Moke Lake Loop … Second Ride of the Day
I started toward Moke Lake on the Goldigger Trail, just across the highway from where I had parked the car for my ride at Seven Mile Park earlier that morning.
After eating a couple of nut bars and a home grown New Zealand apple I felt rejuvenated. The chance to explore some new territory was pulling me.
The Goldigger Trail was an easy climb up along a creek bed through a jungle. Easy, because of how well the trail was laid out.
Much like the B.O.B Trail (which led me to Seven Mile Park) this trail climbed steadily, but never too steeply to require a lot of grunting or walking. Early on I came upon a severely curved tree. I had learned on a previous ride in Oregon these bent trees were the result of a hillside slumping. As hillsides slump, trees keep trying to grow vertical, causing a curved trunk.
One part of the trail was created by people to span a boggy part near the creek.
I was supposed to notice some remnants of a mining operation but only came across one structure … part of a stone building.
After 1.43 miles Goldigger dropped me onto Moke Lake Road. After riding 12+ miles of singletrack earlier in the day I looked forward to a little bit of asphalt.
Moke Lake Road passes over a saddle perched between two rounded mountains covered in a golden blanket of grass. The guide on our boat tour had told us all the mountains in the Queenstown area were bald until man came and planted trees (the mountain directly above Queenstown is completely covered in a thick forest).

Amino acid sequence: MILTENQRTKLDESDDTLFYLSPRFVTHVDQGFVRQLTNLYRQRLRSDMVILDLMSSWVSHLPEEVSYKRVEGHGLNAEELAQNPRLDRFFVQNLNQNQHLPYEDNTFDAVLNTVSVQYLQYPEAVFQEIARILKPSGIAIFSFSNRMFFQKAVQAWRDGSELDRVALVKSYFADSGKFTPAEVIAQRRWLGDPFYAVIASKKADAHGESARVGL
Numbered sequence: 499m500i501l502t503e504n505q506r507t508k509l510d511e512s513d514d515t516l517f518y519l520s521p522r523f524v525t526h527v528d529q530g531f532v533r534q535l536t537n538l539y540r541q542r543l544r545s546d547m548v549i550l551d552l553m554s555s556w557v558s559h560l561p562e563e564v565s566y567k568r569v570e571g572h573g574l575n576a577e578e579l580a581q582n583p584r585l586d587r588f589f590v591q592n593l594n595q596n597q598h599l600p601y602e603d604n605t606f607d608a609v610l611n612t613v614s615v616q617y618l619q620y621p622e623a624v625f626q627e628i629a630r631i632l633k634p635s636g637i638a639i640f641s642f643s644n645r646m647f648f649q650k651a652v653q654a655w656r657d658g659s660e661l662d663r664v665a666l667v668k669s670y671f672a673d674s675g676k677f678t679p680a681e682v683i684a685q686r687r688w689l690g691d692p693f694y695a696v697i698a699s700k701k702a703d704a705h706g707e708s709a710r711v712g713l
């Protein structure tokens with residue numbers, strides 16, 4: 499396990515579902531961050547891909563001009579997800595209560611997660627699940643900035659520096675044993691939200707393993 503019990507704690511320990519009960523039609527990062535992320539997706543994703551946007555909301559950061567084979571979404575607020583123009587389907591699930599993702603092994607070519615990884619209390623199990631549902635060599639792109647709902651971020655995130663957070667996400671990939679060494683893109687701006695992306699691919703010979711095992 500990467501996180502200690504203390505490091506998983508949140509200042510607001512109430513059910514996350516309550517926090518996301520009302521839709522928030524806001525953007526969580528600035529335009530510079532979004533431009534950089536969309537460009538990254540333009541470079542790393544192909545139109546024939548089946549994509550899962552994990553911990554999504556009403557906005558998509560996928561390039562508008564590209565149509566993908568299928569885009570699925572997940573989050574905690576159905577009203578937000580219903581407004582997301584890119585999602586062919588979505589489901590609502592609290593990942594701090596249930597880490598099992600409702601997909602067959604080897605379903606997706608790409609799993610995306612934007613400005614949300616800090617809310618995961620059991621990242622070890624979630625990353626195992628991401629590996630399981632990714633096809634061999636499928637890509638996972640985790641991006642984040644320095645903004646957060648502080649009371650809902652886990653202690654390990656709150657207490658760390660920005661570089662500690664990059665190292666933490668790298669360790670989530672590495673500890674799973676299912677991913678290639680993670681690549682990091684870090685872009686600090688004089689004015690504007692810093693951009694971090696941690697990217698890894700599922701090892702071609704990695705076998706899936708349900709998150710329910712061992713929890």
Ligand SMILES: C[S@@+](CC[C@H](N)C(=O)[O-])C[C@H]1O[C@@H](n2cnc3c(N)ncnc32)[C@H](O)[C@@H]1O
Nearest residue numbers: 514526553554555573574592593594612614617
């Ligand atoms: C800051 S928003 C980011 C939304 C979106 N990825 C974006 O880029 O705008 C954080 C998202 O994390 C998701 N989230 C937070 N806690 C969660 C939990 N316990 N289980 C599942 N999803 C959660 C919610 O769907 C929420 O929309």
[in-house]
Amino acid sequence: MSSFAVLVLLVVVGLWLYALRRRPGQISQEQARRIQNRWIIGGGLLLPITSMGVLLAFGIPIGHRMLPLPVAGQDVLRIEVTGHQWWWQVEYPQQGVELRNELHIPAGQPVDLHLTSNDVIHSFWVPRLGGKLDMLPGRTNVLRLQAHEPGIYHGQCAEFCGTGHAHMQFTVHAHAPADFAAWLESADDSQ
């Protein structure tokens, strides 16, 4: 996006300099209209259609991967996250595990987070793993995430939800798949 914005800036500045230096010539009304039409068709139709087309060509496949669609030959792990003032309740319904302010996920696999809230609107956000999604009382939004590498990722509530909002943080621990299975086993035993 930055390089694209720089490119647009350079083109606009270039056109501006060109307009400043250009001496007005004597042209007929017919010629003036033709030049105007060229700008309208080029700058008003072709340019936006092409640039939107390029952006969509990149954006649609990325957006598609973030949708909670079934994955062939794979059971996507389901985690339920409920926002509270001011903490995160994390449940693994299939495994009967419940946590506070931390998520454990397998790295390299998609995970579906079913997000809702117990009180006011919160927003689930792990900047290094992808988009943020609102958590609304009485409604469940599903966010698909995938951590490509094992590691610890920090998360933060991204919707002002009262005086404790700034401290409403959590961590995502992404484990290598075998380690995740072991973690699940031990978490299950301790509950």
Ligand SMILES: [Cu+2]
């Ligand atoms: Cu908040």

INTERACTIVE MAP FOR MOKE LAKE LOOP
- Click the big blue car for driving directions to the trailhead.
- Click Tracks or Icons for More Specific Information.
By the time I reached the saddle I was soaked with sweat. My Garmin 800 edge told me I was biking in 90 degrees weather and I had climbed close to 900 feet.
Another phenomenon of the saddle was the disappearance of the asphalt.
While stopped in the saddle allowed me some new views of the stunning peaks in the area.
Continuing to head north I quickly passed a sign reading, “Cattle Stop,” then passed over the familiar metal grate we Americans call a “Cattle Guard.”.
But what I saw were not cattle, but hundreds of sheep. Many lay right on the shoulder of the gravel road, not even taking any notice of me.
However, as I began to gather speed through the middle of the flock the sheep jumped up and began to run north (the direction I was heading) but away from the road. Even the ones I had already passed continued heading north. I guess no one ever said sheep were supposed to be smart!
Down the hill maybe a half mile I spotted the first of the three lakes I would pass by … Lake Kirkpatrick. The reflection of the sun off the surface gave the appearance of a sparkling jewel.
Just after I passed the first lake the southern edge of Moke Lake came into view. I had loved the contrast of the dark blue water and the amber surroundings. But when I came along the eastern shore the lake seemed to change to a green, the reflection of the steep golden-green mountains rising abruptly from the opposite shore to the west.